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Tuesday, 05 June 2012 09:04

Good Reads 05/06/12

Each week, two E&M editors share their favourite European reads. From blog posts to essays, it can be anything that amused them, worried them or got them thinking about Europe.

matt

Matt, Sixth Sense Editor

Günter Grass on Israel and Europe

Famed German author Günter Grass was banned from Israel a few months ago for writing a poem which attacked both Israel's policy towards Iran and Germany's plan to sell submarines to them. 'What must be said' remains an interesting case for what "can" and "can't" but should be said about Israel, Palestine, and Iran.

You may have missed a more recent publication by Grass called "Europe's shame" in the Suddeutsche Zeitung this month. Less opaque than "What must be said", I'll leave the interpretation of the poem in your hands. Here's a short description if you don't trust google translate. Let us hope his final line does not come to pass - "You will waste away spiritlessly without the country whose spirit, Europe, conceived you."

Grexodus

Grass brings me to the Grexodus (or more commonly termed the ‘Grexit’), and the words of the Ancient Greek tragedian Aeschylus have increasingly resonated in my thoughts. One quote from Agamemnon in particular seems to offer some insight into the current dilemma. Between sacrificing his daughter or failing in his deep (but also beneficial) commitments, Agammemnon, the ancient king of Mycenae, faces an impossible decision, "Pain both ways and what is worse? Desert the fleets, fail the alliance?" Anyway, the play is well worth a read. Equally, Germany's early speculative alternative to the austerity package and Grexit deserves a read.

Don't know your fiscal pact from your 'big bazooka'? Read this excellent and clear article from the European Council of Foreign Relations. Then tackle 'Europe after the Crisis' (Sorry, it's behind a paywall). Any student of Europe will know the name Moravcsik. I've never been a huge fan of his, but this article is one of the best I've read on the overarching problem inherent in the Eurozone. And this approach, a restatement of causes seems to me somewhat unhelpful when trying to figure out how to save (or otherwise dismantle) the Eurozone. Surely, we're past all of that pointing of fingers? At least in approach, this article seems to get it right, and by framing the problem as Saving the Euro without losing the Europeans is much more constructive.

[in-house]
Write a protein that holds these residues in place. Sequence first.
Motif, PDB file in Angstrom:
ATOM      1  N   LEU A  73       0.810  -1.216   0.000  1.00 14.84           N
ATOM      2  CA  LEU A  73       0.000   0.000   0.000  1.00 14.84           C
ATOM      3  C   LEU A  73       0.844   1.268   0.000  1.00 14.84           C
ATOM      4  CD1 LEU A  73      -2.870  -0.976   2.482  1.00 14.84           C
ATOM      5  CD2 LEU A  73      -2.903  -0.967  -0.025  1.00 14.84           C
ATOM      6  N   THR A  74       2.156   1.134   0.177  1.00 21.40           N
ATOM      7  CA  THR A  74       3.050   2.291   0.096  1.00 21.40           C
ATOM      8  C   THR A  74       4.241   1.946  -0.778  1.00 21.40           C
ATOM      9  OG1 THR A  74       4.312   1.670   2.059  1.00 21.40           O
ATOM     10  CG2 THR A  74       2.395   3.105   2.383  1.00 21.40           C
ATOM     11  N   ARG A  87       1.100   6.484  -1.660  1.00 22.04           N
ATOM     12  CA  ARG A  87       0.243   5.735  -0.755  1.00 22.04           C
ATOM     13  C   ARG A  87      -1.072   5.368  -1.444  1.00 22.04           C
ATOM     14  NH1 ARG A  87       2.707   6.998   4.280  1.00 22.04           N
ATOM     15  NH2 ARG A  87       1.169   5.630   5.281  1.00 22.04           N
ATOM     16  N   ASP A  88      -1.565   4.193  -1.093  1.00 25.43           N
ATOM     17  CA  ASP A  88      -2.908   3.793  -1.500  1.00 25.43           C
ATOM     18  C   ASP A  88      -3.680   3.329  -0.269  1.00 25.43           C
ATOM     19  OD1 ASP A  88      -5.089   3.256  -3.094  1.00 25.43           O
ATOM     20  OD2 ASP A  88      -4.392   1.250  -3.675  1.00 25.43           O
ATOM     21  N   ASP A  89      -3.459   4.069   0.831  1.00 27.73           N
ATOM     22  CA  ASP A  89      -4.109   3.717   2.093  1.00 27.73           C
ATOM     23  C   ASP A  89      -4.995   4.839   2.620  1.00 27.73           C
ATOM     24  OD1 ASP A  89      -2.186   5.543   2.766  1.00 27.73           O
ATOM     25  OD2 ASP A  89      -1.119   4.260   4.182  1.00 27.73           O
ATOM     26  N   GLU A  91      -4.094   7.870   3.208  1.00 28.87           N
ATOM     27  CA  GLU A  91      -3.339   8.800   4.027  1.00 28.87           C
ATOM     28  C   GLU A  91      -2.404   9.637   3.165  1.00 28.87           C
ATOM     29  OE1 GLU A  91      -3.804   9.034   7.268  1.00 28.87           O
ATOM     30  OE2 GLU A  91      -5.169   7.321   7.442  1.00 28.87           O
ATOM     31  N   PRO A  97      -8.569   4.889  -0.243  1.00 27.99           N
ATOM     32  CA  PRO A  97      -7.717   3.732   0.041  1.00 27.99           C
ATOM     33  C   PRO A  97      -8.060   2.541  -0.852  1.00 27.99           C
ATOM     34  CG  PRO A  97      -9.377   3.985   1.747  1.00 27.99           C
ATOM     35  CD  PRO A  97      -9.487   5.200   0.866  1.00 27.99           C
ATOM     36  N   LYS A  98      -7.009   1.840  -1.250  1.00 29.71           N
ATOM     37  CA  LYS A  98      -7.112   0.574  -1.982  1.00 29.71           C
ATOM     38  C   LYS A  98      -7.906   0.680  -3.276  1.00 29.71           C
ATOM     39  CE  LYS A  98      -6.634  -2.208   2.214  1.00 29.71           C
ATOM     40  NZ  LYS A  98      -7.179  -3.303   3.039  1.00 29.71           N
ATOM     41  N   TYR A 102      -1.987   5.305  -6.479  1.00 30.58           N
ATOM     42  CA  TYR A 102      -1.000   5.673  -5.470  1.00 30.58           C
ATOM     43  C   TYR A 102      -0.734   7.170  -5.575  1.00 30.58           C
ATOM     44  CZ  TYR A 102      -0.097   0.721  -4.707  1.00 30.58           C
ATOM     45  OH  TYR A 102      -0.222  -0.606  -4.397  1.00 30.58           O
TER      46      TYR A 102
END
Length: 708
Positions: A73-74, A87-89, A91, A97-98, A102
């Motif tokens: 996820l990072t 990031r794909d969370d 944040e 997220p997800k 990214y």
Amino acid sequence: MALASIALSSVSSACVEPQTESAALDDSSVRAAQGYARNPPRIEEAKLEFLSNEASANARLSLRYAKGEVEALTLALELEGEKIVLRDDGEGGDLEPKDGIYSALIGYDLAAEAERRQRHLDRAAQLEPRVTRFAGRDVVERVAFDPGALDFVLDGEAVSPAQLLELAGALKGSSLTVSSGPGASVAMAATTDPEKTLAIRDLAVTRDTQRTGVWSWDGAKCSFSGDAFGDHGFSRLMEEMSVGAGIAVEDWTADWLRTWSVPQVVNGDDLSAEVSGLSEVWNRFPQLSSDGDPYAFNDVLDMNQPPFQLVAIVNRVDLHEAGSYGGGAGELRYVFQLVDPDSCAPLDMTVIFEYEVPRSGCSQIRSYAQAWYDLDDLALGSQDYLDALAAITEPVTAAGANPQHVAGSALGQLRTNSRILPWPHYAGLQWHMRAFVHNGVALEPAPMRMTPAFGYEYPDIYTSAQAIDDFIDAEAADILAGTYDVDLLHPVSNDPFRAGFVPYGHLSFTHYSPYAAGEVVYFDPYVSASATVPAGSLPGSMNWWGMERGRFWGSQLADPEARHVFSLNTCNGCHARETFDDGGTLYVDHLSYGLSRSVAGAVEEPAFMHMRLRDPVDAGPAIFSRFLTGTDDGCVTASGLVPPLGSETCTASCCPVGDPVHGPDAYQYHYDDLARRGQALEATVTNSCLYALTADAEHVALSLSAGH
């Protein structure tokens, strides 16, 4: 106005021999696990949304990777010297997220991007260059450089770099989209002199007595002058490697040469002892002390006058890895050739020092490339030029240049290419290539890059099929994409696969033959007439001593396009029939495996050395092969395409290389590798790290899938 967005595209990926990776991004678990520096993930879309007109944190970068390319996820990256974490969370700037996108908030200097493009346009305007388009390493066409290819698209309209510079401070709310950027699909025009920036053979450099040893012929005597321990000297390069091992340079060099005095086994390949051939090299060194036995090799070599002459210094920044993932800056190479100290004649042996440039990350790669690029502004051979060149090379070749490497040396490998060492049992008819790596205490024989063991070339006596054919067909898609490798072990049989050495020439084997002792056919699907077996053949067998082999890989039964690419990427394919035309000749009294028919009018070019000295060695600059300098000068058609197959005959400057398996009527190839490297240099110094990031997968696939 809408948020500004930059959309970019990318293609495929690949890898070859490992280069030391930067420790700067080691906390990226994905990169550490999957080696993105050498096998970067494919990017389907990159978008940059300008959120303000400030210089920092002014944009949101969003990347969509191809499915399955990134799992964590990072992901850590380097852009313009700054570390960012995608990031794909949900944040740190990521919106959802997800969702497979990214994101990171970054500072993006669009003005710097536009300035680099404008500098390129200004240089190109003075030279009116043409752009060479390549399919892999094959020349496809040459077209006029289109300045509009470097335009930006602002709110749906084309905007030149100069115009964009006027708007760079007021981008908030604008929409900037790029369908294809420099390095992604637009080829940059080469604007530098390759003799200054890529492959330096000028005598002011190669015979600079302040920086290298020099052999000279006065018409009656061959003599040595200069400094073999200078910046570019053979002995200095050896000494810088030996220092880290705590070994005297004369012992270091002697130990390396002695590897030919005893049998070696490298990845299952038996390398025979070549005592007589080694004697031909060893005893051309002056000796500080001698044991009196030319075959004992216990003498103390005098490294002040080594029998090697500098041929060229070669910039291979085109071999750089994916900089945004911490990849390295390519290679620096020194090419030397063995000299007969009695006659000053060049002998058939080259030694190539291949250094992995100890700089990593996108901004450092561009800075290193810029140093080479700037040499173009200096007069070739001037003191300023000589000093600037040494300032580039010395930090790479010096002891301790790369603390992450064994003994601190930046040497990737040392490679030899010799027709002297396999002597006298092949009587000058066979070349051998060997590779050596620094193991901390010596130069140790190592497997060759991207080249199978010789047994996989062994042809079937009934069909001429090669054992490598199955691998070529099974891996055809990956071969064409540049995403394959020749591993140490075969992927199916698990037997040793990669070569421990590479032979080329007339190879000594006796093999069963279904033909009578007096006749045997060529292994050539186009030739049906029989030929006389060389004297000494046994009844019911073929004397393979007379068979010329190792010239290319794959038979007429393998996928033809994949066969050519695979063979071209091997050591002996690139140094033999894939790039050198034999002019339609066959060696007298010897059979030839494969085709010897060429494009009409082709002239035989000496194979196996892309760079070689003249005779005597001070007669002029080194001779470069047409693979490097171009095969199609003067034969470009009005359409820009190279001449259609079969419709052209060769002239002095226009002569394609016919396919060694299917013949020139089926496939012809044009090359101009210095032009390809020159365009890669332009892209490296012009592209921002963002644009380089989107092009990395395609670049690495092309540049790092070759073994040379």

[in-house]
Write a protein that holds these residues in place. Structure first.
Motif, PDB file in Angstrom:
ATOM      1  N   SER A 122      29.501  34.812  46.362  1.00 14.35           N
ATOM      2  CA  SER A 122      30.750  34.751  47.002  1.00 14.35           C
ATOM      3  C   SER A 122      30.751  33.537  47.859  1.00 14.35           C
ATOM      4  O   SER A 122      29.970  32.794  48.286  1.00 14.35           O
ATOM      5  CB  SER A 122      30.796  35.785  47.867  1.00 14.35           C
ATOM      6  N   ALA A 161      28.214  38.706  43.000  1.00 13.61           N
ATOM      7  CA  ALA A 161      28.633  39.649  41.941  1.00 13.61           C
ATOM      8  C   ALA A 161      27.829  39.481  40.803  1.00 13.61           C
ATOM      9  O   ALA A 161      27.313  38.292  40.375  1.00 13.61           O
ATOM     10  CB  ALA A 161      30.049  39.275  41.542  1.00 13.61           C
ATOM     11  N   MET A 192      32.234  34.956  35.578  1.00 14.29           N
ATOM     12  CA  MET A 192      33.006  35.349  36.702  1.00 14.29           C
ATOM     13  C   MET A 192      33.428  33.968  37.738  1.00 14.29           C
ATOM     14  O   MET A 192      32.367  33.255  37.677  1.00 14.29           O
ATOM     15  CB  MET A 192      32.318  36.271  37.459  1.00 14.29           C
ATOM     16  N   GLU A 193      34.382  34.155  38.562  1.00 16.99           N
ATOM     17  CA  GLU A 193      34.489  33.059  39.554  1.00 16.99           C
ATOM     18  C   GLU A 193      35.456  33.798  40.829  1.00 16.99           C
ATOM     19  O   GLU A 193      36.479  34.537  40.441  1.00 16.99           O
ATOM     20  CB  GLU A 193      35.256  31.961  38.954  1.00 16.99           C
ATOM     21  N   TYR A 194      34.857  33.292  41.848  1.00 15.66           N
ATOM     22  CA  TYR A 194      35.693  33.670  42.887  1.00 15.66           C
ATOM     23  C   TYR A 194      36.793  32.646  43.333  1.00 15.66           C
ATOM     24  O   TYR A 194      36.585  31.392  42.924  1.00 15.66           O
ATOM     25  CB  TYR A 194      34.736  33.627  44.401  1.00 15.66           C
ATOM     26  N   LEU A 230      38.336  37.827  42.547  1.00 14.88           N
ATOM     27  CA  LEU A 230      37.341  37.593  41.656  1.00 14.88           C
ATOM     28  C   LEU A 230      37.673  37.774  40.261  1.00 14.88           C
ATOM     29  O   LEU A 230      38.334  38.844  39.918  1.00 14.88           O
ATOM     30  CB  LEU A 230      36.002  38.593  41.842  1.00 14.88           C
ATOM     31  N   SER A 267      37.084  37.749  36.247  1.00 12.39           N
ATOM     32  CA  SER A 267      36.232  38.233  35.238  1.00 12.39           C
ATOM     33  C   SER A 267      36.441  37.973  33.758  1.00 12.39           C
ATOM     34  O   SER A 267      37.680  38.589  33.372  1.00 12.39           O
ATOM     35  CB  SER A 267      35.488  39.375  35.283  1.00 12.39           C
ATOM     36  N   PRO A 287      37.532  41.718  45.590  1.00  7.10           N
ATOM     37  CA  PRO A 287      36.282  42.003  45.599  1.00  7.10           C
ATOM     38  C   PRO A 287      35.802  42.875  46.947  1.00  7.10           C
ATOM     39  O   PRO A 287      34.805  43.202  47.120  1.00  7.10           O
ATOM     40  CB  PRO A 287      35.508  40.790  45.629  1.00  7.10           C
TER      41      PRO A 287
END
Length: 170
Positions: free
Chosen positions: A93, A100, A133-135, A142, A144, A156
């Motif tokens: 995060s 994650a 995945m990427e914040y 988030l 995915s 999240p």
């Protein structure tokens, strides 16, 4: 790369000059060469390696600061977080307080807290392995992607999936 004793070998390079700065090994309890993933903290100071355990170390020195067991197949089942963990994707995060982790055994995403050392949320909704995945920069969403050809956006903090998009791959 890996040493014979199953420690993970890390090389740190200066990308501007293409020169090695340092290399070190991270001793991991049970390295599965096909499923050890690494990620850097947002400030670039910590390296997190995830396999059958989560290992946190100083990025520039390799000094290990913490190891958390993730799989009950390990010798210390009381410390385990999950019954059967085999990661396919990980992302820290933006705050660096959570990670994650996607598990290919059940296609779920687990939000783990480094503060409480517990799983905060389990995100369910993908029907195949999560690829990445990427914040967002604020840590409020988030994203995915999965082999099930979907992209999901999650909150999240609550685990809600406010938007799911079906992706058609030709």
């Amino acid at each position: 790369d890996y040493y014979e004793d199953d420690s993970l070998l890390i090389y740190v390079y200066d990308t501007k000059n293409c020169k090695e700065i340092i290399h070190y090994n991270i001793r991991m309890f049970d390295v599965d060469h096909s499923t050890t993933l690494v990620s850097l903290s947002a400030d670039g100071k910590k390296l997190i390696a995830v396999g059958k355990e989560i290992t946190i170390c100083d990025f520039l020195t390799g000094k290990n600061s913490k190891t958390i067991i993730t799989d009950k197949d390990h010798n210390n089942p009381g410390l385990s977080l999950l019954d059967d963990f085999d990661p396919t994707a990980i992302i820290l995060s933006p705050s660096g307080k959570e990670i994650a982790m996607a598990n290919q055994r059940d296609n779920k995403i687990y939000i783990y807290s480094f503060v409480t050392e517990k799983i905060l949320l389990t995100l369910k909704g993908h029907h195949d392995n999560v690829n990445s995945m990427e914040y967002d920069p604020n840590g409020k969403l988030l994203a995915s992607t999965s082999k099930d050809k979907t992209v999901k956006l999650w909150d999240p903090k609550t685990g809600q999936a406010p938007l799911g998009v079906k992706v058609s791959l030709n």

Published in Good Reads

"What do I know about the euro crisis?", "What does the media tell me?", "Do I get the same view of the crisis if I read a German newspaper, listen to Rai Uno in Italy or just live in Greece?". At the Polis International Journalism Conference, a panel of four journalists tried to tackle these issues.

Early in 2010, the euro crisis began to make the headlines of all the major media outlets. A German weekly magazine had Aphrodite holding up her middle finger on the front cover. The title said, "Betrüger in der Euro-Familie" (Fraud in the euro family) and this is how reporting about the crisis started to take shape in Germany. The eurosceptical tone was continued "in a campaign of the biggest tabloid and newspaper, Bild Zeitung, which with over 10 milion readers has a huge impact on German politics," said Peter Heilbrunner, a former Brussels reporter and now a Business editor in Stuttgart.

Heilbrunner also spoke of a general state of confusion because Germans didn't really understand why there should be at least a bit of solidarity with the southern countries. "They said: our economy is working well; we pay our taxes so what is the problem in the rest of Europe? It was hard for Angela Merkel, for the whole government to explain it."

An anti-bail-out mood developed in the country and an aversion towards the southern countries was generated primarily by the media "because it transported these clichés: they spend a lot of money they don't have, they are not competitive, and they are more or less lazy,"he added.

Antonio Preziozi, currently the director of Rai Radio News and Rai Radio Uno in Italy, talked about an ideal type of media that they try to promote, "credible and reliable," with "in-depth coverage about the euro crisis." He also mentioned the importance of explaining the technicalities when it comes to reporting about the crisis, as their main goal is to inform the audience but not to influence it.

Published in E&M Reports
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